Patriots, Seahawks brawl after crucial interception
GLENDALE, Ariz. — The Seahawks and Patriots engaged in a fight at the end of the game when emotions ran high following Malcolm Butler’s interception at the goal line of Russell Wilson’s pass.
It resulted in Seahawks linebacker Bruce Irvin being ejected.
“I was protecting a teammate,” Irvin said. “Emotions flew. I saw somebody hit Mike Bennett, so I went and backed up my brother. I went about it wrong. Emotions were flying high and I apologize. But if it happened again, I would protect my teammate. That’s just how it is.”
Rob Gronkowski was one of the Patriots who knocked a Seahawk player from behind. Irwin seemed to take offense.
Richard Sherman said he wasn’t involved in the skirmish.
“I’m not sure, I wasn’t in it,” Sherman said.
“I was standing there waiting for the next play. Obviously, tempers flared and guys went to go separate.”
Sherman wasn’t surprised to see the game end with a scuffle. “Not really. This is an emotional game. Emotions got out of hand on both sides and guys went after one another. But you know, it’s football.”
Lynch makes mark
Marshawn Lynch couldn’t help himself.
Just two weeks ago, the NFL threatened to ban him from the NFC Championship game if he stepped on the field in a pair of all-gold cleats he was flirting with wearing.
Lynch couldn’t waste an opportunity to antagonize the league on its biggest stage.
He came out for warmups about 45 minutes before Super Bowl XLIX in full uniform with those very cleats completing the outfit.
He had reason to be a little more carefree with news of the Seahawks working on a long-term contract extension for their workhorse running back.
According to NFL.com, the new deal would pay him as much as $10 million in the first year. Lynch has one year left on the four-year, $31 million contract he signed in 2012.
Last offseason, Lynch held out, unhappy with his contract status. The Seahawks refused to rework the agreement, but did end up guaranteeing Lynch $1.5 million that would have otherwise been relegated to bonuses and incentives.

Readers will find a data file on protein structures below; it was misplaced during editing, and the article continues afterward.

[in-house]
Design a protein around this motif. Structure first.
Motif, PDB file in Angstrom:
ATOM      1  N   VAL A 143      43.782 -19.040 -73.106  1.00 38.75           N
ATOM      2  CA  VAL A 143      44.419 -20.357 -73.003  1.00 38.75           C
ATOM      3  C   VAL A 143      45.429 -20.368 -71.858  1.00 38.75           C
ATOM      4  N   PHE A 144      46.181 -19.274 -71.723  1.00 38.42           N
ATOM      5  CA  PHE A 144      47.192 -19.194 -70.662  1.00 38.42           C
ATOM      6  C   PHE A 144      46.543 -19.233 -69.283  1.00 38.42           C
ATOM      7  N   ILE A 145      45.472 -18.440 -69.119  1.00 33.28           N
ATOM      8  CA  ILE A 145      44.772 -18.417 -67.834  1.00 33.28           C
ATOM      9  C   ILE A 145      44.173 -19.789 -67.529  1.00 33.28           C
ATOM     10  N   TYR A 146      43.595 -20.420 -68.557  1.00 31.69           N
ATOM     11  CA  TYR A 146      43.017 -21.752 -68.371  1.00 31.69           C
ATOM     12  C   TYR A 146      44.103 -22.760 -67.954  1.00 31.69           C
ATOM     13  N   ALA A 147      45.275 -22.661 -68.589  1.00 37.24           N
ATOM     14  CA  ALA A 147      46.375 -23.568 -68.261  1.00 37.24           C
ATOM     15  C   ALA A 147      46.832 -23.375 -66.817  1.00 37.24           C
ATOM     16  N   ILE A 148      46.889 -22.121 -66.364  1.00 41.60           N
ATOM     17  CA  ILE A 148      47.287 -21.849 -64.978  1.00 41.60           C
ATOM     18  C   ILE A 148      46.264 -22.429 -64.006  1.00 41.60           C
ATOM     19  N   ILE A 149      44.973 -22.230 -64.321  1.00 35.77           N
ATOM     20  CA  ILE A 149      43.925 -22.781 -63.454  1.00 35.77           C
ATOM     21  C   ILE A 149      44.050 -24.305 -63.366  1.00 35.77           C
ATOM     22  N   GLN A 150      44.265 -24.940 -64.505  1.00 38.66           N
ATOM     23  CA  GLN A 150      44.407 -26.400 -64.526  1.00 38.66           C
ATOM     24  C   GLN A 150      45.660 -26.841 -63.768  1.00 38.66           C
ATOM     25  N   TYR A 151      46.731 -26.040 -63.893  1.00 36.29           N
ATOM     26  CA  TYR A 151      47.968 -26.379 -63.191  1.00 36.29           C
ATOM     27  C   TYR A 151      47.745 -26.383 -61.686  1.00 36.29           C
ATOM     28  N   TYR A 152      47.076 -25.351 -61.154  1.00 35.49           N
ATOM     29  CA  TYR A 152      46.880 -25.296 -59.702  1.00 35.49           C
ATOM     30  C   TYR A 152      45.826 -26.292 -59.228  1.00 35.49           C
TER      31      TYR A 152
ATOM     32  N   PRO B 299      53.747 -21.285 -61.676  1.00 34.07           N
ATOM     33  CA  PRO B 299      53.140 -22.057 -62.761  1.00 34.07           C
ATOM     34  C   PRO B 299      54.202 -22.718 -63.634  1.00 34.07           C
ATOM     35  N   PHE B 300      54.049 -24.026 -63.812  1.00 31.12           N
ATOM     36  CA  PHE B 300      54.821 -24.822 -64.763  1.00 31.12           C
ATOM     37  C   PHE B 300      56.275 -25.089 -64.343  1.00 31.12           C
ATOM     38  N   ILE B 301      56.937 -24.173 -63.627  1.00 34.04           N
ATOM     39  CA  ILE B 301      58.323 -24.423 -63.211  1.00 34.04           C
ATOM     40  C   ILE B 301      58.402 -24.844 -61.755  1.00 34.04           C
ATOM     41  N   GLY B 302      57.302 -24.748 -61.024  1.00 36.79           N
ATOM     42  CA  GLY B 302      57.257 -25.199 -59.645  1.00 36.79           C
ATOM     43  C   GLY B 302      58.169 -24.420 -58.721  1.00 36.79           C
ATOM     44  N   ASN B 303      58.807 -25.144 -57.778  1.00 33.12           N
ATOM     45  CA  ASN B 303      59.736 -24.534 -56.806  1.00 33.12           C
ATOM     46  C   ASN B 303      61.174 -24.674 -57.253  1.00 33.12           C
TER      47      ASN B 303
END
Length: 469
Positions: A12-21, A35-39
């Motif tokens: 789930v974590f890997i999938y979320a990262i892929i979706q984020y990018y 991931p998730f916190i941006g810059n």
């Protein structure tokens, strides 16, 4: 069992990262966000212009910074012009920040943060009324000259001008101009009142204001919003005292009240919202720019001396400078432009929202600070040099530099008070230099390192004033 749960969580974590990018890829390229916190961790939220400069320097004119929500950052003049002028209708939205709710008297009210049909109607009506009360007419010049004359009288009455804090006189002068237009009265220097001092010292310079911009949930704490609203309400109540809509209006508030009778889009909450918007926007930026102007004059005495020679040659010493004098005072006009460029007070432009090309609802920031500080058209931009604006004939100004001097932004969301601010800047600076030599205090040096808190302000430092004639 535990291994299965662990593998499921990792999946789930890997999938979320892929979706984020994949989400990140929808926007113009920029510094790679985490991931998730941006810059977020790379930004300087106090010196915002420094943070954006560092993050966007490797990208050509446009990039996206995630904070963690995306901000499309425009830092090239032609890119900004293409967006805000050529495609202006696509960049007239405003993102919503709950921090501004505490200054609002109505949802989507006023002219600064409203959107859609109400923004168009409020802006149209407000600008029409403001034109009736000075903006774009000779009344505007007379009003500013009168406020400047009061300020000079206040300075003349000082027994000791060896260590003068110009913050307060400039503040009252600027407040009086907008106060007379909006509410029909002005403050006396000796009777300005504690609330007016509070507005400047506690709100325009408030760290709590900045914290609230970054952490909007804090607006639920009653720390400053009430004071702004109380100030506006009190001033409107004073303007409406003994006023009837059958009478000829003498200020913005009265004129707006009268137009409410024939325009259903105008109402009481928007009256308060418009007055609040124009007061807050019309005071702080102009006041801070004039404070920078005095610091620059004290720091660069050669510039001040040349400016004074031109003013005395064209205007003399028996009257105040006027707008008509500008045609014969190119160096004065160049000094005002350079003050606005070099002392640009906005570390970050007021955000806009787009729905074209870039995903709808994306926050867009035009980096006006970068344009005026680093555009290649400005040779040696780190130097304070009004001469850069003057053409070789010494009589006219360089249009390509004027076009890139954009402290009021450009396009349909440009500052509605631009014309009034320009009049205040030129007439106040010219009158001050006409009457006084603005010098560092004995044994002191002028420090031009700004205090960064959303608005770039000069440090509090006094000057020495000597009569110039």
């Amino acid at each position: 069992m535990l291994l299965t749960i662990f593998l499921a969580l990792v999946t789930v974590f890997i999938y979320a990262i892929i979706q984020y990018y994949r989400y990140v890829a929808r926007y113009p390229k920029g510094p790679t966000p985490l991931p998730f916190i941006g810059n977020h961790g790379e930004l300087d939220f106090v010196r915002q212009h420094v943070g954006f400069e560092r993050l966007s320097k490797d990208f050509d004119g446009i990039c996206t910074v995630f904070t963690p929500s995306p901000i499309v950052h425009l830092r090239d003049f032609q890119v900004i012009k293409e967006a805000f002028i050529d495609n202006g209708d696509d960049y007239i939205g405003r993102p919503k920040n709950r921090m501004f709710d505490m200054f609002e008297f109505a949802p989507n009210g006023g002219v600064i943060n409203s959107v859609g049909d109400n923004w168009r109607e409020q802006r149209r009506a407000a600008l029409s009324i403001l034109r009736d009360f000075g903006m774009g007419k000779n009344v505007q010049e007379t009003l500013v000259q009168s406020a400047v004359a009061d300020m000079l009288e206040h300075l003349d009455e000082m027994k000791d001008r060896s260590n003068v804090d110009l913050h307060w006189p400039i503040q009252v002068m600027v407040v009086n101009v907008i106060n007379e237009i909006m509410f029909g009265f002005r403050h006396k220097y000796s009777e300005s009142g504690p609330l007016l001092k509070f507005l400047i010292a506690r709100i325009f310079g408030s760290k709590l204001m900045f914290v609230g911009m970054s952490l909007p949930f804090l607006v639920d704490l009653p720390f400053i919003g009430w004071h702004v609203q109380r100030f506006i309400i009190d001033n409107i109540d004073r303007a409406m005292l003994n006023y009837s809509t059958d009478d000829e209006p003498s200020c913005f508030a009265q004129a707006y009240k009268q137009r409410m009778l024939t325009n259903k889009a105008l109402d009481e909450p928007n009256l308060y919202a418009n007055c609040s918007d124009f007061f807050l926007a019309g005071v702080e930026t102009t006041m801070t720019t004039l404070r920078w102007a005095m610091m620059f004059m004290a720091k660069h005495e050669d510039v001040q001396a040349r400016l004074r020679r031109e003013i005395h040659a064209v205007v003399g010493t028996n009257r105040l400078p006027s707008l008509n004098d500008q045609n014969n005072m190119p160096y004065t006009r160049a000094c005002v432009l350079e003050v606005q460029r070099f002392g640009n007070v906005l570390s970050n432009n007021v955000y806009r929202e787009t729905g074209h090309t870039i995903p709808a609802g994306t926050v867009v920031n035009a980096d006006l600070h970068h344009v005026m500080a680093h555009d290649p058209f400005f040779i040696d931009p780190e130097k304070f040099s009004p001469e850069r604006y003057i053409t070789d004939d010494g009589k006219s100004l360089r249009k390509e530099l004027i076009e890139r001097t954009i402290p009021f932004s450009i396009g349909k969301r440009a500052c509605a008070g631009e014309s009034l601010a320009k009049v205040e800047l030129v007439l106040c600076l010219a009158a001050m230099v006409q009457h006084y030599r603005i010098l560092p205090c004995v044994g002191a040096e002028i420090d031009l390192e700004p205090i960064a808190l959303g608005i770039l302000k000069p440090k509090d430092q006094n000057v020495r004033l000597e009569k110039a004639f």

Lynch has been one of the best running backs in the NFL, rushing for at 1,200 yards each of the last four seasons. He led the league with 17 touchdowns — 13 rushing — and was fifth in rushing with 1,306 yards.
He’s been a franchise player on the field, and a lightning rod off it.
All week — and really all season — Lynch’s reluctance to participate in the league’s obligated media sessions have drawn increased scrutiny.
Lynch has been fined a combined $100,000 for failing to speak to the media this season, along with more than $30,000 in additional fines for obscene gestures during his touchdown celebrations.
When he gave his annual address on Friday, NFL commissioner Roger Goodell said he hadn’t decided if or when he would punish Lynch for his media silence during the run up to the Super Bowl.
“Our staff will probably look at that following the Super Bowl and make a determination, as they have in the past,” Goodell said.
“I’ve been very clear that when you’re in the NFL, you have an obligation to the fans. It is part of your job. There are things that we all have to do in our jobs that we may not necessarily want to do.’’
The NFL was so concerned about Lynch’s string of obscene gestures that it warned the Seahawks that punishments for any unsportsmanlike conduct would be even harsher.
As it turned out, Lynch wasn’t the player they had to worry about.
Doug Baldwin actually ended up taking the baton from Lynch, squatting and miming a vulgar act after his 3-yard touchdown catch in the third quarter.
After the game, he refused to explain whom it was directed toward.
“That’s between me and the guy it was directed at,” he said.
Lane, Avril injured
The Seahawk defense suffered two major injuries during the game. Jeremy Lane, who had picked off Tom Brady earlier, broke his arm, and defensive end Cliff Avril left the game with a concussion.
“Those were two big injuries to core guys for us,” Sherman said. “When you lose two starters it’s going to be tough for your defense, but we were able to overcome some of those things and give ourselves a chance.
“I think we had a chance to win the game.”